- Danger of vaping should have been obvious (9/23/19)
- Ordinary people became heroes when it countes (9/20/19)
- Those in power will never love the news media (9/18/19)
- Take extra time, make extra effort to stay safe on the farm (9/16/19)
- Closing our eyes to suicide won't make problem disappear (9/10/19)
- No good deed goes unpunished: UT takes online heat (9/9/19)
- Whatever the medium, literacy of vital importance (9/5/19)
Personal integrity starts early, has dire consequences
It may start as a lark in elementary school, copying test answers from your neighbor because you played video games instead of studying for the test the night before.
Then maybe you find a way to cut corners when taking your driving test, or passing a college class you don't really care about, anyway.
But then it gets more serious.
If you're affluent, maybe you pay someone to write a term paper, or buy answers to a vital exam.
Sooner or later, you'll pay the price. Your deception will be discovered when it's found you don't really have the competencies your job requires.
Worse, perhaps you'll suffer because of someone else cutting corners -- do you really want to entrust your life to a surgeon who got a degree from a matchbook cover? A recent airline crash in Russia may have been caused by a pilot with falsified qualifications.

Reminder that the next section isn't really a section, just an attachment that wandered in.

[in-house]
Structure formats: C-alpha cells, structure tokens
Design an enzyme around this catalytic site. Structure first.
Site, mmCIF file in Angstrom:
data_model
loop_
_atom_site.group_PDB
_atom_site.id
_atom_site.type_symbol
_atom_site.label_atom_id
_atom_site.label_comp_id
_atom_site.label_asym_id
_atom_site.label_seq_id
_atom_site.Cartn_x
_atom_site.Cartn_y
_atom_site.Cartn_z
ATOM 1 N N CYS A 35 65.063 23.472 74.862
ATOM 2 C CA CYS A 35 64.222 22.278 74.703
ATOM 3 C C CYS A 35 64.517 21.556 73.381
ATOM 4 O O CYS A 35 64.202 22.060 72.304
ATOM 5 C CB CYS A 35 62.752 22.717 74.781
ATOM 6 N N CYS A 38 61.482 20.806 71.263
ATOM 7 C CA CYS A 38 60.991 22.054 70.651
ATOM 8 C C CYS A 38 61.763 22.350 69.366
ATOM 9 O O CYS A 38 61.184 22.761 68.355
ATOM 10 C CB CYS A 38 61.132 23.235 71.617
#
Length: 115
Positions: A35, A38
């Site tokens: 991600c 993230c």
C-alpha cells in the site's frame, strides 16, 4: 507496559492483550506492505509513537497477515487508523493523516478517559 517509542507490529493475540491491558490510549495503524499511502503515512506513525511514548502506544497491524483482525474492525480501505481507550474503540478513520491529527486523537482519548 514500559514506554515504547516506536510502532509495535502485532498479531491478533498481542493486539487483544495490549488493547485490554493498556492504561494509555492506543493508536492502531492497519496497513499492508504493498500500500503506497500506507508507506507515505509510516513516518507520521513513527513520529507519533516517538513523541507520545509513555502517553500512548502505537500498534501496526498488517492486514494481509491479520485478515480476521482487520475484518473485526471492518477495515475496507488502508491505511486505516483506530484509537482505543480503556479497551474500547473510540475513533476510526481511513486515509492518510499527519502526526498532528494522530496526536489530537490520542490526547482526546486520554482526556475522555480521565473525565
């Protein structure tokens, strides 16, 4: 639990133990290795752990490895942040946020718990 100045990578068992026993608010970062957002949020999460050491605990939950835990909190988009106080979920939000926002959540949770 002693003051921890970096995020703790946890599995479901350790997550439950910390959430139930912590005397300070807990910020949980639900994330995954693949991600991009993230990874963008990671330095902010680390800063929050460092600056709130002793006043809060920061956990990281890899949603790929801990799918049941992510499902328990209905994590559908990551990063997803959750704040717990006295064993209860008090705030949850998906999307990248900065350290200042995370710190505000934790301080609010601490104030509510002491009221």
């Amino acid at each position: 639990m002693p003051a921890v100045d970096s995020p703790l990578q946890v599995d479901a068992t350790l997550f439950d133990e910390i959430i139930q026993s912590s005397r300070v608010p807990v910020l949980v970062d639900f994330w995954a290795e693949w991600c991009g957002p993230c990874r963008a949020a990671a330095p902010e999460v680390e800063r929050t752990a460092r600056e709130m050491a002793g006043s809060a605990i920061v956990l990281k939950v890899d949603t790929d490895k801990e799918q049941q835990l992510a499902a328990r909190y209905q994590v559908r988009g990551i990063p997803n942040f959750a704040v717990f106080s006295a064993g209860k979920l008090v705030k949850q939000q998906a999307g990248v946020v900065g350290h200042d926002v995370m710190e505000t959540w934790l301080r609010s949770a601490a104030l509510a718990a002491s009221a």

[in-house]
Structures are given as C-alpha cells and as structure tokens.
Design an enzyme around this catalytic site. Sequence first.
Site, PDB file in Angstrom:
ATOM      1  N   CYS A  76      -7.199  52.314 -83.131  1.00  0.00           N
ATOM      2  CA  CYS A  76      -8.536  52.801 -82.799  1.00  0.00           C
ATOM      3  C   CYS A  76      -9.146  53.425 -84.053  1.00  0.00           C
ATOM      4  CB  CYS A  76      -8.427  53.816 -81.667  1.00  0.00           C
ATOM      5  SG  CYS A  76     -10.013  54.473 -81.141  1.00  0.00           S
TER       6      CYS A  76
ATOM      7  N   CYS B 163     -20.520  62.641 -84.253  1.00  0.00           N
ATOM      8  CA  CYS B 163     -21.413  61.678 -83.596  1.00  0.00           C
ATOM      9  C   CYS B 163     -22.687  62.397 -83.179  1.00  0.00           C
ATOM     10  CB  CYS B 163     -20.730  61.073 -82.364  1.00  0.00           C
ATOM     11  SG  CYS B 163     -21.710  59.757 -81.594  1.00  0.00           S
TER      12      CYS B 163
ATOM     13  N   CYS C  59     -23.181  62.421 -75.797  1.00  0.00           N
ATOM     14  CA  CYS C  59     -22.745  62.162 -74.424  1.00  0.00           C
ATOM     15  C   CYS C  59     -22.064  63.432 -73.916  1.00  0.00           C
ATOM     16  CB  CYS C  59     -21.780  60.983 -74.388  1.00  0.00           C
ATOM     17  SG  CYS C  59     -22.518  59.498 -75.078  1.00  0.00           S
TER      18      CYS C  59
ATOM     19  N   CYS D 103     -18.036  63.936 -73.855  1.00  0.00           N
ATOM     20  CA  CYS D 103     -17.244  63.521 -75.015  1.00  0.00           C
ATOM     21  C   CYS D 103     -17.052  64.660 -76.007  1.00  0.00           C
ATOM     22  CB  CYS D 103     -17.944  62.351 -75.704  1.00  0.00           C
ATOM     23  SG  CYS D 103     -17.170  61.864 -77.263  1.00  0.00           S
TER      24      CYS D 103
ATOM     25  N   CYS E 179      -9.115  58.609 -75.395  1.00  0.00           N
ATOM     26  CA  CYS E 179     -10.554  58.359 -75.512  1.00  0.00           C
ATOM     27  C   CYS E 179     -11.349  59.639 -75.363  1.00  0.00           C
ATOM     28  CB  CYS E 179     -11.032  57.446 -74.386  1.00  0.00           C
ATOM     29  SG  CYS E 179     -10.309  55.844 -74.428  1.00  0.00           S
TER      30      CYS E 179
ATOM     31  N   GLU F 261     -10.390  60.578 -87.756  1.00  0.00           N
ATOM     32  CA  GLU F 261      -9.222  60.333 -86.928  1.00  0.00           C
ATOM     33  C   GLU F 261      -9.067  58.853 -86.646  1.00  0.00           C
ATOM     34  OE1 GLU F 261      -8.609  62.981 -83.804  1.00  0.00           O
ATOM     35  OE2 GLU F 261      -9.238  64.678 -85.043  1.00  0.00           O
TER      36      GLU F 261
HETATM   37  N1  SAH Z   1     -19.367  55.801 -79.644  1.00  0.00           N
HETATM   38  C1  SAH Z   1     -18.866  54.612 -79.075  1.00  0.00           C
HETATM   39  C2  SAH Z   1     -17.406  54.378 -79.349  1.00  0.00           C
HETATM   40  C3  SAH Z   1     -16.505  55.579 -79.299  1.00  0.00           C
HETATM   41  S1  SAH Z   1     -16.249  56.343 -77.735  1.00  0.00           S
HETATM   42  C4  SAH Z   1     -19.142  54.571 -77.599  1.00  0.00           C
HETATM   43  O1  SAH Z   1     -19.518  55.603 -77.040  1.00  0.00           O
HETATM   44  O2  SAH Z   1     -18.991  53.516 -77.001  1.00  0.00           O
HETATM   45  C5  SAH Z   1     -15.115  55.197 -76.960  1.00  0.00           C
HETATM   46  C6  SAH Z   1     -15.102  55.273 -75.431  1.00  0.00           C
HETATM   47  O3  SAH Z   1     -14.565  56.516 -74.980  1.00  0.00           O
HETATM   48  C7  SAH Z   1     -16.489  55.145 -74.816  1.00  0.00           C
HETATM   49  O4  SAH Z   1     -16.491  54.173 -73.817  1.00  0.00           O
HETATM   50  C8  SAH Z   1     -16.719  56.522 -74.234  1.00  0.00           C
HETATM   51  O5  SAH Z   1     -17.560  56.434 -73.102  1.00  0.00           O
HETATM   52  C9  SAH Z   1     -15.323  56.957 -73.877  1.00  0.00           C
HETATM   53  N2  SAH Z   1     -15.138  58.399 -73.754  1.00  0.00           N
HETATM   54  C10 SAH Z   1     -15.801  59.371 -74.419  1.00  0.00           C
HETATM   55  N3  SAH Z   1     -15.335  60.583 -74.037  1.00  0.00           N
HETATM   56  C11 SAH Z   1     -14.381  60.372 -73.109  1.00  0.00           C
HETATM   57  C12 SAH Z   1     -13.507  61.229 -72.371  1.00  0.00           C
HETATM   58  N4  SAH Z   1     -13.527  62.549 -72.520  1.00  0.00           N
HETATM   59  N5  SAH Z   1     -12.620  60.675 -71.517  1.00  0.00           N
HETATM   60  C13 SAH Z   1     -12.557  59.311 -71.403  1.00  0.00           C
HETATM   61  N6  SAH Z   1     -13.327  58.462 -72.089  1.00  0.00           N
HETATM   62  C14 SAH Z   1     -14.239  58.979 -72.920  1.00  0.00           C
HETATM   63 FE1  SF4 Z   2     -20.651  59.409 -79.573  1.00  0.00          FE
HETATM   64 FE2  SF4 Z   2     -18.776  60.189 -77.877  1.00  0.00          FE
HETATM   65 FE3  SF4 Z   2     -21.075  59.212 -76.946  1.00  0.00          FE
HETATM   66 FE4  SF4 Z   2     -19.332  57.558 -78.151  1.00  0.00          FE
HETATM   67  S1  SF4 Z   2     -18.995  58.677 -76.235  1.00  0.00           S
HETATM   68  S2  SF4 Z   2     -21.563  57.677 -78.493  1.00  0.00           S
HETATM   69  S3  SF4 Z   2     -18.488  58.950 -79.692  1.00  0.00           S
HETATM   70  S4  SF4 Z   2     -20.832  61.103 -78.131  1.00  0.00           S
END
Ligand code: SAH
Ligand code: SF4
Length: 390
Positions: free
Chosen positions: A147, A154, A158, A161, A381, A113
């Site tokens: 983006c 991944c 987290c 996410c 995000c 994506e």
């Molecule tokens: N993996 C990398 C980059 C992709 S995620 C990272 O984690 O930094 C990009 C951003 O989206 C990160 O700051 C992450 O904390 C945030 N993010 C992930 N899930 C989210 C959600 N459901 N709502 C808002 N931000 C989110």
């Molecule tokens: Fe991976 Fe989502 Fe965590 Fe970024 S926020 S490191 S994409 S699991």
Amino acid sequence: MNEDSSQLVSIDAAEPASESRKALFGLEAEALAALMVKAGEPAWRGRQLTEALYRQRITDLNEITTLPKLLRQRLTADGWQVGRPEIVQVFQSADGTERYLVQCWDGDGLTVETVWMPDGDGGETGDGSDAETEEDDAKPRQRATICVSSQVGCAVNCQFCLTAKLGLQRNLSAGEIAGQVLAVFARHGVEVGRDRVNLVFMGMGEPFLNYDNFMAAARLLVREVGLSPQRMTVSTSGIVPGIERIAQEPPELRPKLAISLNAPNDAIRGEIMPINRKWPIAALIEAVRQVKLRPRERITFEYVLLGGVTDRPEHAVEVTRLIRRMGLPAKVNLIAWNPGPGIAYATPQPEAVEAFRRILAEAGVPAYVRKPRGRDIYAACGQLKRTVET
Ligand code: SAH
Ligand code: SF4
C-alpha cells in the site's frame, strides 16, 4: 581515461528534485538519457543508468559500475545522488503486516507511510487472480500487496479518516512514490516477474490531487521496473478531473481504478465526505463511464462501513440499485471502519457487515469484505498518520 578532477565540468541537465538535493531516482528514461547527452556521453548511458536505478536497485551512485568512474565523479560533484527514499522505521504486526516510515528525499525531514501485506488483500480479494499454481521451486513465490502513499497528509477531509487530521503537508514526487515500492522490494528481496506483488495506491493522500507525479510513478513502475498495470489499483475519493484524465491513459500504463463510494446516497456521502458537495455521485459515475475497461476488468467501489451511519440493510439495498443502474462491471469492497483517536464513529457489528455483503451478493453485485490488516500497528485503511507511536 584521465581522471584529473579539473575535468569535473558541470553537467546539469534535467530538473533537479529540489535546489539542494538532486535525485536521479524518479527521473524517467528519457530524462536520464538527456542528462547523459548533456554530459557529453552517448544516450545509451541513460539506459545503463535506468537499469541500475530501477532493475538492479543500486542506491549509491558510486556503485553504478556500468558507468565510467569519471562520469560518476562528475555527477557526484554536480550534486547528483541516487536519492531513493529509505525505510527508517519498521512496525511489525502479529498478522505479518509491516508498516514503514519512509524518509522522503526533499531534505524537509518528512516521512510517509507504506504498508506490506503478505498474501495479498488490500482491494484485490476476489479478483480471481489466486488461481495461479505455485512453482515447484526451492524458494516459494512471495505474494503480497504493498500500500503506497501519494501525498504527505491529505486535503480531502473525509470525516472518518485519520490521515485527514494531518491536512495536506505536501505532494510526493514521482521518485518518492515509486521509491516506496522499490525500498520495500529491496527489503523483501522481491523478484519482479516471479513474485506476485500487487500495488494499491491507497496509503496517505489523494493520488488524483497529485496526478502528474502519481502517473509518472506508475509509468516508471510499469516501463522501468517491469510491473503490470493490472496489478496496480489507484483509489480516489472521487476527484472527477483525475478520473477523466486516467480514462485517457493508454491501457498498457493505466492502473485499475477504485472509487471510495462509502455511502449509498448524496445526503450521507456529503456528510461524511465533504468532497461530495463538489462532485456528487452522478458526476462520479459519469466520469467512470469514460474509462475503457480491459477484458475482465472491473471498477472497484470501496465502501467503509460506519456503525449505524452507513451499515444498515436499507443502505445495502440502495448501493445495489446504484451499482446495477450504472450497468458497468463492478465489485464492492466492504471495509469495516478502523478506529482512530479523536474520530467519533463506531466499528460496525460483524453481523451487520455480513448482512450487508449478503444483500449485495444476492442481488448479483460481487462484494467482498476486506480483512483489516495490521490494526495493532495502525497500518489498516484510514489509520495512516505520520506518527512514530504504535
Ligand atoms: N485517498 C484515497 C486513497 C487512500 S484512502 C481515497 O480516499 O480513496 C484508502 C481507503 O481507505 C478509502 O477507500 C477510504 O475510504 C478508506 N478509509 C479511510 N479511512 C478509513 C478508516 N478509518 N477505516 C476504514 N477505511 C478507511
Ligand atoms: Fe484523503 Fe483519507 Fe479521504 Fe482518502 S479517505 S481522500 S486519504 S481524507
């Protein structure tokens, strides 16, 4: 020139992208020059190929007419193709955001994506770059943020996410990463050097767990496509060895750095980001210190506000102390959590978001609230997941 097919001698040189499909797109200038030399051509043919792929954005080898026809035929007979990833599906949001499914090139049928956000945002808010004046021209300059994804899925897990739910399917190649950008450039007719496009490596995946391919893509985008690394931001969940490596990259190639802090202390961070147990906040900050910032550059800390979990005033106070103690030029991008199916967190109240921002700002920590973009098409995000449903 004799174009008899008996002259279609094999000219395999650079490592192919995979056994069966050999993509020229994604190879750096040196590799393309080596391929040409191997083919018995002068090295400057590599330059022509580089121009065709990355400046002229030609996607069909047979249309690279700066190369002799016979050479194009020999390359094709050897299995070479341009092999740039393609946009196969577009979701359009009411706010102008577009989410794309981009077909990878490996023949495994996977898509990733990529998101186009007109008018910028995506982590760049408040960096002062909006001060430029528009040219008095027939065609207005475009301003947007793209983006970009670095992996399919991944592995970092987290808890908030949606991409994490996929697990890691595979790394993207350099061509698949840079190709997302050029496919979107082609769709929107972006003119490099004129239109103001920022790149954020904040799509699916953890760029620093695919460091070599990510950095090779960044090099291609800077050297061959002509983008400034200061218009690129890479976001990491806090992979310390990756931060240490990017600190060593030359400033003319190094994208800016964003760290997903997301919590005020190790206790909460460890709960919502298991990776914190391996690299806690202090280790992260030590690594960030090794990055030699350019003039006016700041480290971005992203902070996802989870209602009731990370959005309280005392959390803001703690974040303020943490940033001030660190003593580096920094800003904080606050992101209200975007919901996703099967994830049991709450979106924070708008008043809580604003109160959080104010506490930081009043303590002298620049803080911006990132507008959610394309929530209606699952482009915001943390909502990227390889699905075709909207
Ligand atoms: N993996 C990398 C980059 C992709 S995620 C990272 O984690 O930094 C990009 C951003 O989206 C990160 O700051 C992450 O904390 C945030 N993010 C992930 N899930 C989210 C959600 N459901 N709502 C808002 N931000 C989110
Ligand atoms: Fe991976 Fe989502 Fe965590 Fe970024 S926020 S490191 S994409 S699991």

If an airliner headed straight into the ground isn't frightening enough, how about the most destructive force known to man?
That's the issue with the Air Force, which has stripped certification from 34 U.S. nuclear missile launch officers who were implicated in a cheating scandal on monthly tests on how to operate their missiles.
Some of the officers apparently texted answers to each other while taking the test, and others were accused of knowing about but not reporting it.
The cheating wouldn't have come to light had not two of the officers already been involved in a drug scandal that involved 11 Air Force officers in six bases in the United States and England.
Launch officers have to pass other monthly tests as well, including a simulated launch that isn't possible to cheat.
Higher up the chain of command, and closer to home, the deputy commander of the U.S. Strategic Command in Omaha was fired last fall after he passed counterfeit poker chips at a Council Bluffs casino.
We didn't hear about the latest scandal until just before Defense Secretary Chuck Hagel appeared at Warren Air Force Base to deliver a "pep talk" to members of the 90th Missile Wing, which operates 150 intercontinental ballistic missiles.
What difference does it make if your third grader gets away with cheating once in a while? Does personal integrity matter?
Ask the folks who control enough nuclear explosives to destroy the world many times over.